Since Jeff Grubb first said, "all roads lead to Orr" it has become a meme. It's a viral idea that turned into magazines  blogs, video series, and pictures about how people got to Orr in the game and the ways in which they conquered it with honor and dignity. I think it partly became so big because it resonated with people. I certainly (as seen by this blog) want to chronicle the most epic battles in my life, especially if I think sharing those challenges could teach others how to fight the same baddies. You can ignore the rising brutes in your life all you want, but at some point you will go to Orr.

Adolescents have a habit of looking at something their friends do and saying, "that's not fair" to which their parents and advisers have to stifle the response, "life isn't fair." Of course, the problem adults have is it is true. Life isn't fair. Some people get terminal or incurable diseases far too young. Some people live in poverty. Twenty percent of the people always have at least eighty percent of the income. None of that is the point, though. We all start in different zones and travel different paths gaining more or less experience along the way and finally find ourselves fighting the Elder Dragon. All we can hope to do is have good friends at our side and the right equipment and resources when we get there.

Saturday, February 2, 2013

I Choose

I'm in a place now where I am able to choose my friends and it is amazing. I love the friend(s) I had in High School, but the intersection of people who were willing to talk to me and were normal, fun human beings was less than five people. I had choices, but not many. Now I am in a place where there are 1,000 people in that intersection (that calculation was basically everybody here would talk to me, but only two-thirds of them are normal). So now I have a choice.

My relationships are still controlled primarily by circumstance because a computer randomly sorted my best friends and I onto the same floor our first year, but I could have ignored that and chose to hang out with people from class or in clubs. Instead I stuck with Laura, Bruna, and Victoria because I like them.

Today is my roommate Victoria's birthday. Sometimes I have trouble communicating to people why I chose to live with her and why I enjoy her company. She doesn't exude charisma or make any particular effort to be charming, but I find her magnetic because she is unapologetically herself all the time. I often start conversations about her with, "You wouldn't know her" because she doesn't make a massive wave on the campus as a whole, but instead deeply affects the people around her. She doesn't pretend to like people so when she is kind to me and helps me I know it is genuine. I quest in life to find truthtellers and Victoria will look at me and say, "Dude, what are you doing?" when others would only equivocate and pretend not to notice when I am being weird or failing. What more could I ask than someone who is honest with me? She is loyal, trustworthy, and mostly importantly extremely considerate of others feelings without trying to pacify them. She is amazing not because of her athletic ability or intelligence (both of which abound), but because she is the kind of person you want to have around to help remind you what's right.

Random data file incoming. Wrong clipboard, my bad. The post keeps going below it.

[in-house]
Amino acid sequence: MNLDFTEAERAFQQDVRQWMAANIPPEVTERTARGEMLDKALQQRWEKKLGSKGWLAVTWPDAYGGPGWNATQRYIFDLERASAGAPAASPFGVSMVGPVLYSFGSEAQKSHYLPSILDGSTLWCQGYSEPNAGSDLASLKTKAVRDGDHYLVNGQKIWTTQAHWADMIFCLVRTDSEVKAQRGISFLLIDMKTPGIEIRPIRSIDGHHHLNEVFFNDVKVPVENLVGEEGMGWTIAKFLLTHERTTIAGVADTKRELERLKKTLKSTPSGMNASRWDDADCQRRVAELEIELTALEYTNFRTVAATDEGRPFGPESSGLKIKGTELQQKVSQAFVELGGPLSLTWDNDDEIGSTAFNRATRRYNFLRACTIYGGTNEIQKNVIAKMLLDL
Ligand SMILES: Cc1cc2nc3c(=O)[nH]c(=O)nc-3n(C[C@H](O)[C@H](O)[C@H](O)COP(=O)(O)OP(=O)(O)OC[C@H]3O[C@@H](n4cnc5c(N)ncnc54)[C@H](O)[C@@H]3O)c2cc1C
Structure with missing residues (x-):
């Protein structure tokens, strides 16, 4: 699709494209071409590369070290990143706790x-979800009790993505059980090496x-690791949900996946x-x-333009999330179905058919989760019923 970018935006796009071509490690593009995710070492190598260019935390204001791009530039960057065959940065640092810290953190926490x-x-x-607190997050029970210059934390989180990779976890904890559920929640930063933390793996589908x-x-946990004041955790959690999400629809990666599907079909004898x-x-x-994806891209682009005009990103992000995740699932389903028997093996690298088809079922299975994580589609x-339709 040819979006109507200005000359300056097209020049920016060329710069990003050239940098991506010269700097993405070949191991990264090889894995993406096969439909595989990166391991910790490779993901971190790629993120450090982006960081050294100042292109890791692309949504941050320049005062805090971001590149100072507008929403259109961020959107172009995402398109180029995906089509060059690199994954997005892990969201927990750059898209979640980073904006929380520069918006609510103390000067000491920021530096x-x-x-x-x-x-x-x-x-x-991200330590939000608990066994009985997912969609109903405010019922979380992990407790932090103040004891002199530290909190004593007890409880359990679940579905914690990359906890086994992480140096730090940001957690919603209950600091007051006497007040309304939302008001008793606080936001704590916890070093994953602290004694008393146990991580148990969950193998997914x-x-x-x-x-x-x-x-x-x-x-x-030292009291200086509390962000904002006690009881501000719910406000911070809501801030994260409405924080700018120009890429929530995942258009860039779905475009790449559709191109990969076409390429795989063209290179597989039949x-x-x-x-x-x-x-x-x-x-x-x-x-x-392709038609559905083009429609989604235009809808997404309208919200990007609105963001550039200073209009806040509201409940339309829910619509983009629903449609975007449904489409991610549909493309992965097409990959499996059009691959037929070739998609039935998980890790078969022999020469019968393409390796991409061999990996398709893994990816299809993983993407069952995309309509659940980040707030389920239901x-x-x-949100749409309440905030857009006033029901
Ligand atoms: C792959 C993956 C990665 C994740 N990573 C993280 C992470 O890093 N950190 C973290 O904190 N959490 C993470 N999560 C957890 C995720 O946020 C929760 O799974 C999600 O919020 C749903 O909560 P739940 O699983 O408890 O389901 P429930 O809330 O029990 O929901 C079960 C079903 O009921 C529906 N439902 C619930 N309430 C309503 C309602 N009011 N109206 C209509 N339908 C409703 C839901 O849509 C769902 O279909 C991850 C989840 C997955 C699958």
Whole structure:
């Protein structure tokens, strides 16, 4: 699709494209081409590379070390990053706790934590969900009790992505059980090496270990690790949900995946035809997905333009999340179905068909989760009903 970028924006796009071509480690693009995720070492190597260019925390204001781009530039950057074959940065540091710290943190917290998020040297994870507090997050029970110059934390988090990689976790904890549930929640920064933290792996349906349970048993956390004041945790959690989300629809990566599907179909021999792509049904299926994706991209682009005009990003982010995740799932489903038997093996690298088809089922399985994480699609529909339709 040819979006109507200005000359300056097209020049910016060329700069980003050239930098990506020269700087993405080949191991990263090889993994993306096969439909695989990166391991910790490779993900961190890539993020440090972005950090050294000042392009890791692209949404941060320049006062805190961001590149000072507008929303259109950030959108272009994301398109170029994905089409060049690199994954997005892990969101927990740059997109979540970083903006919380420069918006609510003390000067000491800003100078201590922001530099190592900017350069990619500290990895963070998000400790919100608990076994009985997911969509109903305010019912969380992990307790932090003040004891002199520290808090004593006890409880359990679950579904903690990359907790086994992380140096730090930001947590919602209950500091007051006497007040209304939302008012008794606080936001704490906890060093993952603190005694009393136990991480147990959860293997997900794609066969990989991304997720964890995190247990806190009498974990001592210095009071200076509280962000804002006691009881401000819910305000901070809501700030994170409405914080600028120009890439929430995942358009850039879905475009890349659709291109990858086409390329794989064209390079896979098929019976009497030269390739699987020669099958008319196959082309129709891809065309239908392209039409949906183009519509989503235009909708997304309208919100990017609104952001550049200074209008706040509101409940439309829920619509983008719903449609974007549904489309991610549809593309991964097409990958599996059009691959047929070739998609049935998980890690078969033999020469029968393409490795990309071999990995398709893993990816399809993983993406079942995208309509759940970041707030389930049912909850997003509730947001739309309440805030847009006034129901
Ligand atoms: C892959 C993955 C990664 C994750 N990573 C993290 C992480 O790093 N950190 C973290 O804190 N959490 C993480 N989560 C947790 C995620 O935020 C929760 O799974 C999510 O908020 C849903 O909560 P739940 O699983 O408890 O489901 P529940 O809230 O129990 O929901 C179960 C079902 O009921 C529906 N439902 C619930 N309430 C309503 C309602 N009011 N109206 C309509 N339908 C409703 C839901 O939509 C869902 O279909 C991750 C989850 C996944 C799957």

I've enjoyed our two years and I expect many more. Hopefully your birthday was wicked mint, dude. See you soon.

Friday, February 1, 2013

Google Should Do For Me Yesterday

I love Google. I have their phone. I use their web browser. They collect my email. They wake me up in the morning. They shop for me. They own YouTube. Their calendar is the only thing that makes me reliable. Most of my information is stored on their servers. I am very excited about their future technologies. Basically, they are just awesome. They literally inspire awe. They are in my top two favorite companies.


When we read 1984 in High School and had the inevitable debate about whether censorship was going to murder us all and take away our humanity I fell down decidedly on the side of pretty much alright with it. When the targeted ads come up I am like, "why yes Google, I would like to buy that" and I am not even remotely creeped out. I like it that they tell me how far it is to my destination even though I never asked for navigation. I like it that it knows I want to know the arrival time of the next train even though I never told it I was travelling. I don't think Google plus will ever be a thing, but more power to those guys if they can make it work. As long as I can maintain decision-making, autonomy, and my uncensored thoughts I am a little too comfortable with Google helping me out.

This is a little movie about a car Google made that drives itself. This is something I would've liked to have in high school and its a technology I'd like to see ready for me by college graduation. http://www.youtube.com/watch?v=cdgQpa1pUUE When I am at home for a vacation I get a little stuck. Mostly I like to just stay at home and doing nothing, but I'd like the opportunity to expand my options. In Boston you don't really need a car, but there are a lot of jobs in places outside of major metropolitan areas. If I could live in the mountains and exist in a quiet life I would actually prefer that to living in a city, but it is not currently even a possibility for me because in most of the world you need a car. Self-driving cars are now legal in Florida, Nevada, and California. Google has logged over 500,000 kilometers in their vehicles safely. I want one. I don't want to be disadvantaged just because of poor vision. Please Google. Do it for me.